The 2-day annual feminist theatre extravaganza that is “the Vagina Monologues” will kick off this Friday, February 7. For those unfamiliar with the event, it’s a play about women’s sexuality, love, abuse, rape and recovery based on interviews with real women, Keighlyn Alber, co-director of the Vagina Monologues and vice-president of Triota, said.
Giving to the community
The Vagina Monologues and its parent organization, V-Day, seek to raise awareness of violence against women and raise money through online donation for survivors of domestic abuse worldwide. This year, 90% of the money raised through the play will go to Centre County Women’s Resource Center while the remaining 10% will be donated to One Billion Rising, one of V-Day’s campaigns.
More than just a play
Although the “monologues” are delivered by actors on stage, this is unlike other theatrical productions, Rebecca Kelley, who has been acted in the play since 2009, said. “It’s a bunch of women coming together. Not for themselves. Not to watch themselves shine on stage. It’s about the message that’s behind each of these pieces.”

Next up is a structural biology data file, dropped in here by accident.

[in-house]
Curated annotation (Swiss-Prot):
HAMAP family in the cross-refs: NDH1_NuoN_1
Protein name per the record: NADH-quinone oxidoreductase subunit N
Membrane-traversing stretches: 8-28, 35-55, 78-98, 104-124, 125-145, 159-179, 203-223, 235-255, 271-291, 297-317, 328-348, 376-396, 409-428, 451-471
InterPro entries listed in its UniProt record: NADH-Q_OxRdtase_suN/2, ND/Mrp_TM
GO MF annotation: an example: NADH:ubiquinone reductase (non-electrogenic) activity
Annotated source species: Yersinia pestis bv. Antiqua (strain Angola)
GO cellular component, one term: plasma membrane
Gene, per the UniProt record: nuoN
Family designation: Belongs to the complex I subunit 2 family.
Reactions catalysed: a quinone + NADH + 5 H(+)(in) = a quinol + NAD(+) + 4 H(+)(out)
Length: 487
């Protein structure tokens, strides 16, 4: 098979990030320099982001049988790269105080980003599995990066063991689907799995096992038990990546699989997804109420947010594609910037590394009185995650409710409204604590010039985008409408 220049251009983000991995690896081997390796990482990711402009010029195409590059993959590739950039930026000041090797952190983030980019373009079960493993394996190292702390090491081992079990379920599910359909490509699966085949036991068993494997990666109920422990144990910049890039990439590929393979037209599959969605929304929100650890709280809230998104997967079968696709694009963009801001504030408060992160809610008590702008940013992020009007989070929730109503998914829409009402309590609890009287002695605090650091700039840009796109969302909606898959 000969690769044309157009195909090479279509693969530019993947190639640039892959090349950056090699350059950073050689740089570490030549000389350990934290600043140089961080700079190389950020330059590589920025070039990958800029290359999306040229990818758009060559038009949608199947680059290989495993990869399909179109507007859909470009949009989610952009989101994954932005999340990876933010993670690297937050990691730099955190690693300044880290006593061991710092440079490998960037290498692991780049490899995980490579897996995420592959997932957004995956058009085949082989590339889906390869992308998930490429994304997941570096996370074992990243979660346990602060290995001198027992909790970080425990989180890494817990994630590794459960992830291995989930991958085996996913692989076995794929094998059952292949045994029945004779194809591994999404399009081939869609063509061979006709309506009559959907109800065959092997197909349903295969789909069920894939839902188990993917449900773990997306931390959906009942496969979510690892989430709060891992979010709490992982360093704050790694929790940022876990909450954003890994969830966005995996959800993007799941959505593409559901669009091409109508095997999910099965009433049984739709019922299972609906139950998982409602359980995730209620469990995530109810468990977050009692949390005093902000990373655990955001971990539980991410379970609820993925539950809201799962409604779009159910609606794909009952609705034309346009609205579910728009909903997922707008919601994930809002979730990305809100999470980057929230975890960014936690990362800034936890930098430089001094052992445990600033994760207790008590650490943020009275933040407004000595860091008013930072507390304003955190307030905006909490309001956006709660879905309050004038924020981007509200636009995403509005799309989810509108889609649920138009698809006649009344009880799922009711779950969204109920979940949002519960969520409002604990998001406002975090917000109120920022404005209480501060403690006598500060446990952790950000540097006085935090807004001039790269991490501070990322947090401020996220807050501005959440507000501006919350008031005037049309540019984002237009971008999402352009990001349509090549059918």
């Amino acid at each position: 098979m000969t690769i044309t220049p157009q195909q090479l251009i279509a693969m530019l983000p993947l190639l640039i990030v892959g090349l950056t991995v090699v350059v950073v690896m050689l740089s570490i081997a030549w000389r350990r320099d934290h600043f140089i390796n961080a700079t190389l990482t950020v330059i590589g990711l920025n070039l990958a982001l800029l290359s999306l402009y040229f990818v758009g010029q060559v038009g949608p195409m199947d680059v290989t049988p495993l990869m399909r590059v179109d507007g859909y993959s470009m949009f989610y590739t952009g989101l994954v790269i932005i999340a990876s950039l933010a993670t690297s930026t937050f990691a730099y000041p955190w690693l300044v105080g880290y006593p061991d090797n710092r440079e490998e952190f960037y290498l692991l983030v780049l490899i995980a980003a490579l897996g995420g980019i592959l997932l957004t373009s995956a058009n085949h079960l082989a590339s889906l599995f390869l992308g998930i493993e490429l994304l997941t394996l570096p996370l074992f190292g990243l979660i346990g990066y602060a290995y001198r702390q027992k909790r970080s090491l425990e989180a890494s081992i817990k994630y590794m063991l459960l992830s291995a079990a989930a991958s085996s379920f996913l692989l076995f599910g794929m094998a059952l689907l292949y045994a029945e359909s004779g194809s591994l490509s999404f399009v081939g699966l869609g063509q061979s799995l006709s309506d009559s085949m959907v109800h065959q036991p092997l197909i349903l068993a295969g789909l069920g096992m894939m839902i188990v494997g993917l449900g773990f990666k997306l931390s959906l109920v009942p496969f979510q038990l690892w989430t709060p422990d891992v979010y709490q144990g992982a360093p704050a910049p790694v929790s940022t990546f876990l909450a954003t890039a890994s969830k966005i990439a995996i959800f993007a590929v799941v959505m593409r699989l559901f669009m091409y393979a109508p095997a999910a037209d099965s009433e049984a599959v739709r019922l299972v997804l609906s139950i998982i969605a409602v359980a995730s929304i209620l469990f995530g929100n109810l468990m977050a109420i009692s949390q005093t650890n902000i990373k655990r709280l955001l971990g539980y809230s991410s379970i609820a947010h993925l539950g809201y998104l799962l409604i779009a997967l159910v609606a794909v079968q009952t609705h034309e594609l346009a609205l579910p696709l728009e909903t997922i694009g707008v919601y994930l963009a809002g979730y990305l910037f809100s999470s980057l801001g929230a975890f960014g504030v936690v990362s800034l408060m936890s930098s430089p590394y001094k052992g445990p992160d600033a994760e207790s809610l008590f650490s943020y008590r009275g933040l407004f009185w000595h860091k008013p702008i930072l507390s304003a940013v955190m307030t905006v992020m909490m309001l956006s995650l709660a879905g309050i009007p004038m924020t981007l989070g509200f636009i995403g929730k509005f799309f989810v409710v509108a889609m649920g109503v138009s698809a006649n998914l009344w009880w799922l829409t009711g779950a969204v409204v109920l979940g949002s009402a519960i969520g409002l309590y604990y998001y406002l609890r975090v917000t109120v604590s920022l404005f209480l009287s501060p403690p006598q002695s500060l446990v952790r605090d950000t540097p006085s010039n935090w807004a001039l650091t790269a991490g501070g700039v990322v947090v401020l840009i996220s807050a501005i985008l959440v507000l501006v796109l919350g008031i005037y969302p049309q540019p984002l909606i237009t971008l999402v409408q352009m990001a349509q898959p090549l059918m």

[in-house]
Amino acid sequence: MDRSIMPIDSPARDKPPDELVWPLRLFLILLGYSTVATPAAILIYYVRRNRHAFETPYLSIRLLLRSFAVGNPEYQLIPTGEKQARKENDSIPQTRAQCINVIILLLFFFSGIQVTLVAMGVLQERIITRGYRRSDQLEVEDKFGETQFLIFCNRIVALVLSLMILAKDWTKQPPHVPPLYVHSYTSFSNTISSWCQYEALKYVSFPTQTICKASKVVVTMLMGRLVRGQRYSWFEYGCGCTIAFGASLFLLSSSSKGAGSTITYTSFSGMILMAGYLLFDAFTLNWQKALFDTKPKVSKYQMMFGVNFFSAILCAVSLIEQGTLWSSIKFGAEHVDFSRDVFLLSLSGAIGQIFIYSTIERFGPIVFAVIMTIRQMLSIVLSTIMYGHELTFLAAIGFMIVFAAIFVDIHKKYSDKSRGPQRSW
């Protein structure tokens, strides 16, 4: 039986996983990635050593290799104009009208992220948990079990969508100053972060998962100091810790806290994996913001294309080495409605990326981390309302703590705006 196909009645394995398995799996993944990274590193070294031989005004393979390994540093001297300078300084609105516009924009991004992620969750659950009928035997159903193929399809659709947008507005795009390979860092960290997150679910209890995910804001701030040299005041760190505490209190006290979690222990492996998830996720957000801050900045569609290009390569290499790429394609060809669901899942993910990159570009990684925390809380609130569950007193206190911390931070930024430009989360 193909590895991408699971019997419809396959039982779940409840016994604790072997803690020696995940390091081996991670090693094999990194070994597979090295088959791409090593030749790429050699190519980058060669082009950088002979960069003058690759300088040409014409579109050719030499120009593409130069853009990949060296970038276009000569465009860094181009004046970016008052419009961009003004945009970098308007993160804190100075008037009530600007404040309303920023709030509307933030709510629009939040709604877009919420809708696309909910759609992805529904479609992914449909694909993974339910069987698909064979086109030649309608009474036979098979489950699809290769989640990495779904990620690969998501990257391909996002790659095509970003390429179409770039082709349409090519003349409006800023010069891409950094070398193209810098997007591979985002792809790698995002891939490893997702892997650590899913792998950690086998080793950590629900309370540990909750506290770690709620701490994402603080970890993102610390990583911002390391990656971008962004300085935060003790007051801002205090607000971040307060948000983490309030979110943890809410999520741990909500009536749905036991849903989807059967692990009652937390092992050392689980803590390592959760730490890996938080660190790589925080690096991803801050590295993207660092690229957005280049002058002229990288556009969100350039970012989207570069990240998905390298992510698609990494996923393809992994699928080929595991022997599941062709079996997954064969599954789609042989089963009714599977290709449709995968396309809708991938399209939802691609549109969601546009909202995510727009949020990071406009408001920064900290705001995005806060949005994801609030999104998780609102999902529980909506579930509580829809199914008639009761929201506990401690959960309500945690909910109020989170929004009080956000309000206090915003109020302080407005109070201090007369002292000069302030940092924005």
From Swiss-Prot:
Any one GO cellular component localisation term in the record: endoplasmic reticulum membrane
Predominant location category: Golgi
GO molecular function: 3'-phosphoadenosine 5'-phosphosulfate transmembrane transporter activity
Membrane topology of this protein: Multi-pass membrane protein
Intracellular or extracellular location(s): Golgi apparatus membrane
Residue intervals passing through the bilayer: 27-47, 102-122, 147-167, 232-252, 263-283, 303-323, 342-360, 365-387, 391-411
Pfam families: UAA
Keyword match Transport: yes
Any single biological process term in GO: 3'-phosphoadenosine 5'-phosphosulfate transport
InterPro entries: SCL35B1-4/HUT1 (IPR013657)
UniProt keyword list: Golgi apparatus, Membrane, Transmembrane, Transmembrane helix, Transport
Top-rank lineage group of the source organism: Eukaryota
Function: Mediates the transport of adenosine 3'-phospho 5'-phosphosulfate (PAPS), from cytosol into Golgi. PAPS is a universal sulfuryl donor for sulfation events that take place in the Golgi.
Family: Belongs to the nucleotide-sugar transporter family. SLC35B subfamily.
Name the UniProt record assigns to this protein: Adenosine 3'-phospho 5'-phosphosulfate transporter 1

“It is an event to help heal, to empower women, to create a community and a safe space where violence doesn’t exist,” Albar said.
“We have all these women together. There’s no drama. We are just happy and we get along. And I think it’s because we are all here for a greater good,” Kelley said.
Breaking the taboo
“So many people are afraid of the word vagina. [That’s why] it’s almost refreshing to come here to experience something like this and talk about something we usually don’t talk about,” Cassi LaBar, co-director of the Vagina Monologues, said.
Kathryn Lodwick, a first-time cast member and theatre major, said the toughest part of acting in the play was “saying sexual things on stage in front of people.” She said, “You don’t say these things in public. Being on stage with a microphone […] describing a vagina can be embarrassing.”
It’s for everyone
“The Vagina Monologue is important, whether or not you have a vagina. It’s not just about having one, but loving and respecting vaginas as well,” Alber said. She describes the production as an “emotional roller coaster.” She said the play can be funny, sad, enraging, joyous and empowering for everyone regardless of gender.
Lodwick agreed with Alber, saying: “Come to the show with an open mind. You’ll learn about yourself and other people, whether you are male or female.”
NOTE: donations to Centre County Women’s Resource Center is accepted at https://ccwrc.org/get-involved/make-a-donation/
Photos by Jessi Korch